Slate's Mickey Kaus observed on Feb. 3 that Republican Rep. Billy Tauzin's pending acceptance of an offer to become president of the Pharmaceutical Research and Manufacturers of America "stinks so badly I think he just might be shamed into giving up the job." Chatterbox couldn't conceive of Tauzin's being shamed, partly because Tauzin's from Louisiana; partly because Tauzin switched from being a Democrat to being a Republican mere months after the GOP achieved its first House majority in 40 years; partly because Tauzin last June joined Mary Bono, R-Calif., in singing a rap duet to music industry lobbyist Hilary Rosen at her retirement party that, they joked, constituted their "audition" for her job; and partly because Tauzin parlayed a $1 million-plus offer to replace Jack Valenti as president of the Motion Picture Association of America into a reported $2.5 million offer from PhRMA. The fact that Tauzin, mere weeks before the PhRMA offer became known, had played a central role in getting PhRMA's highest-priority legislation (the Medicare prescription bill) through Congress shocked Chatterbox. It also shocked Joan Claybrook, president of the Nader-founded nonprofit Public Citizen. It also shocked House Democratic Leader Nancy Pelosi, D-Calif. And, of course, it shocked Kaus. Still, Chatterbox couldn't conceive that Tauzin or the House leaders who have reportedly pressured Tauzin to cool it would care. But they do.
Tauzin said late last week that he would halt discussions with PhRMA. So far, though, Kaus is only half-right. Tauzin isn't promising to give up the job; he's merely saying that he won't further any discussions about taking it until he retires from the House. That may be soon—he's already turned over his chairmanship of the Energy and Commerce Committee to Rep. Joe Barton, R-Texas, and a chronic bleeding ulcer lends Tauzin a good excuse—but House GOP leaders want him to finish out his term so that whoever gets the Republican nomination to replace him enjoys the advantage of running with President Bush at the top of the ticket. (Among those seeking the nomination may be Tauzin's son.)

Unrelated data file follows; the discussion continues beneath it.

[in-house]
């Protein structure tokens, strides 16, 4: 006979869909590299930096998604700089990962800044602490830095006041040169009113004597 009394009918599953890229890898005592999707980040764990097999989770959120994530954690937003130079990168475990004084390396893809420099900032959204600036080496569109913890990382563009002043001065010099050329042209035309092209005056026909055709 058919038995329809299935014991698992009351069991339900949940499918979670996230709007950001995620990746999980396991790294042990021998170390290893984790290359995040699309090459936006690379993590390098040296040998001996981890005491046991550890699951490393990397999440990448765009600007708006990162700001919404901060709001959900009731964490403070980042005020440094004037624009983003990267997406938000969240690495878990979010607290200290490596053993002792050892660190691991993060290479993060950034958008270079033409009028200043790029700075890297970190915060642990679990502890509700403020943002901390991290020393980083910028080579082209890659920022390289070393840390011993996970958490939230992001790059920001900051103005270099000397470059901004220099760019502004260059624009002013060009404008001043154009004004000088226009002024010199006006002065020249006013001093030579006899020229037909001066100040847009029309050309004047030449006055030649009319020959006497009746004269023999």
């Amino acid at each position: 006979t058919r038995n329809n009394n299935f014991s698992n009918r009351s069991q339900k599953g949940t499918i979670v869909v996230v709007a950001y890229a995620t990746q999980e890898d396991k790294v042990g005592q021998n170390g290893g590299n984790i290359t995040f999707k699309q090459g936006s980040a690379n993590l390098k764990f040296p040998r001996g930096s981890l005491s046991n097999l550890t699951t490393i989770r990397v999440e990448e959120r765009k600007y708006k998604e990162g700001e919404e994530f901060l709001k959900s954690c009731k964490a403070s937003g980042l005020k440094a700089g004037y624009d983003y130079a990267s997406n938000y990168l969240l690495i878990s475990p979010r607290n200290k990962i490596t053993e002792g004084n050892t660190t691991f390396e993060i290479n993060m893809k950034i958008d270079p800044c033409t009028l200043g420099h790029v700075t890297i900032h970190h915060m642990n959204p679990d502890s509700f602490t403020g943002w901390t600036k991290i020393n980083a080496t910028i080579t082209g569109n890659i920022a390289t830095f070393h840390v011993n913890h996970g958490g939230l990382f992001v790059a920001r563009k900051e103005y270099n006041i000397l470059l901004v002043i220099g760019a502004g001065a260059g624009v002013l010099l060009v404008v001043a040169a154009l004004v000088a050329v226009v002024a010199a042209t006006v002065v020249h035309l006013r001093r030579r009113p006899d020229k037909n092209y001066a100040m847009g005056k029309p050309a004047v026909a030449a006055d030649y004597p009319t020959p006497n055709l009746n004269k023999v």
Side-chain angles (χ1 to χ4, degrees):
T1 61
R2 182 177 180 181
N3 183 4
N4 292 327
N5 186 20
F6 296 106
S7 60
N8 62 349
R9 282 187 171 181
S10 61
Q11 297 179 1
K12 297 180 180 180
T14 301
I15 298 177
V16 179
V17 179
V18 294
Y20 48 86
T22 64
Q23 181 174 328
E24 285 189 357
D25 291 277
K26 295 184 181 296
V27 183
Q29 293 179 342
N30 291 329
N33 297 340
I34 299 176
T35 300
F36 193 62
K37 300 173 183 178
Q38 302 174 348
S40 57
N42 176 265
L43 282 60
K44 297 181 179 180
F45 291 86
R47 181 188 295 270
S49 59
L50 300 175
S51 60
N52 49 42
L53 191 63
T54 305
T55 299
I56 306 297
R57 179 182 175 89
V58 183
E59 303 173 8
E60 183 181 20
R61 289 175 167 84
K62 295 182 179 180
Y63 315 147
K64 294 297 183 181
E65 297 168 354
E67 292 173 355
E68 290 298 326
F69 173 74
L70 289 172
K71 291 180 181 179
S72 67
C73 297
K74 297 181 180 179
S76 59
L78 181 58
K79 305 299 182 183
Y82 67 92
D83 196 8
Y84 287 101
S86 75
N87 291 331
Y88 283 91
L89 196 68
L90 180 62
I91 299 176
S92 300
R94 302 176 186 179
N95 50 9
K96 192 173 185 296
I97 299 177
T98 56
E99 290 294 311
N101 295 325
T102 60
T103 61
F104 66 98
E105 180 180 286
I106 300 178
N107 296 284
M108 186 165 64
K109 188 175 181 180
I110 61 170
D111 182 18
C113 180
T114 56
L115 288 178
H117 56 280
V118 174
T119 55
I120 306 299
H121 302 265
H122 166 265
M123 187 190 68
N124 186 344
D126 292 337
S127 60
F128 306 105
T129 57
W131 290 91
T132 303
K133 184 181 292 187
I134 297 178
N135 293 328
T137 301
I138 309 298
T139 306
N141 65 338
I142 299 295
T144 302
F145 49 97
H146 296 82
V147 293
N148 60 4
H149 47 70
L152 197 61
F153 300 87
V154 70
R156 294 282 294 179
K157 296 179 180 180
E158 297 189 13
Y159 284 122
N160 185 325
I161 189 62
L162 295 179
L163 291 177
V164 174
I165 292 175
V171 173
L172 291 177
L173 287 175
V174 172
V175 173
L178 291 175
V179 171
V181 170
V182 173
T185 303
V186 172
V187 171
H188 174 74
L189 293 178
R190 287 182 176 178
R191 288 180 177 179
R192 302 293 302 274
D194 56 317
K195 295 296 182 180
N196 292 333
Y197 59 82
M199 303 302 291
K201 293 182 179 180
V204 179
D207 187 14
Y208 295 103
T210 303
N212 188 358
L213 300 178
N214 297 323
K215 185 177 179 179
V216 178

Tauzin will leave Congress with more than $1 million in his campaign war chest, which, the New Orleans Times-Picayune notes, can legally be passed on to GOP candidates around the country. Tauzin's largest source of campaign funds during the last election was from the health-care industry. If Tauzin does assume the presidency of PhRMA, the political action committees for Pfizer, Merck, Johnson & Johnson, and quite a few other drug companies that gave heavily to Tauzin in 2002 will in effect be able to recycle their contributions, since any candidates receiving funds from Tauzin's old campaign committee will surely know Tauzin's new place of employment. This efficiency alone makes it worth PhRMA's while to keep the job open for Tauzin.
Jan. 26, 2004: "Billy Tauzin, Lobbyist"
Nov. 14, 2003: "Valenti To Leave MPAA" (NPR's Day to Day)
Sept. 15, 2003: "Liars in Love"
Sept. 12, 2003: "K Street Blues" (NPR's Day to Day)
Aug. 26, 2003: "It's Not Lobbying; It's HBO"
July 11, 2003: "Who Cares of DeLay Bullies Lobbyists?"
July 2, 2003: "Why Congressmen Want To Be Lobbyists, Part 2"
June 30, 2003: "Why Congressmen Want To Be Lobbyists"